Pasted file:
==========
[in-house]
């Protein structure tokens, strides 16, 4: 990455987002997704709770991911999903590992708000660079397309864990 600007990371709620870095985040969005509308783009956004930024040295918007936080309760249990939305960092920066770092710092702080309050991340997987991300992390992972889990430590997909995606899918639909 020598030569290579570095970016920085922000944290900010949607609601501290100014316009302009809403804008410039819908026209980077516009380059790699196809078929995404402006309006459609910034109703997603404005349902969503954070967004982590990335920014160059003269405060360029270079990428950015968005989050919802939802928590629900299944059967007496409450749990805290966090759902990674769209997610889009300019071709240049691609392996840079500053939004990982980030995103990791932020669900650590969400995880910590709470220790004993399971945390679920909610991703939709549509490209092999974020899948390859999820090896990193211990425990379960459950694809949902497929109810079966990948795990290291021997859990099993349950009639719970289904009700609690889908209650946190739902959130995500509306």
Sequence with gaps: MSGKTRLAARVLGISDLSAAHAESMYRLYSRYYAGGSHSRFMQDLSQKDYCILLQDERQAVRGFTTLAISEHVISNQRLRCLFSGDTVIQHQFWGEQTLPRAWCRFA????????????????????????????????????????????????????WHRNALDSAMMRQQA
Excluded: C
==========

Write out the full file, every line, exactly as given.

[in-house]
């Protein structure tokens, strides 16, 4: 990455987002997704709770991911999903590992708000660079397309864990 600007990371709620870095985040969005509308783009956004930024040295918007936080309760249990939305960092920066770092710092702080309050991340997987991300992390992972889990430590997909995606899918639909 020598030569290579570095970016920085922000944290900010949607609601501290100014316009302009809403804008410039819908026209980077516009380059790699196809078929995404402006309006459609910034109703997603404005349902969503954070967004982590990335920014160059003269405060360029270079990428950015968005989050919802939802928590629900299944059967007496409450749990805290966090759902990674769209997610889009300019071709240049691609392996840079500053939004990982980030995103990791932020669900650590969400995880910590709470220790004993399971945390679920909610991703939709549509490209092999974020899948390859999820090896990193211990425990379960459950694809949902497929109810079966990948795990290291021997859990099993349950009639719970289904009700609690889908209650946190739902959130995500509306």
Sequence with gaps: MSGKTRLAARVLGISDLSAAHAESMYRLYSRYYAGGSHSRFMQDLSQKDYCILLQDERQAVRGFTTLAISEHVISNQRLRCLFSGDTVIQHQFWGEQTLPRAWCRFA????????????????????????????????????????????????????WHRNALDSAMMRQQA
Excluded: C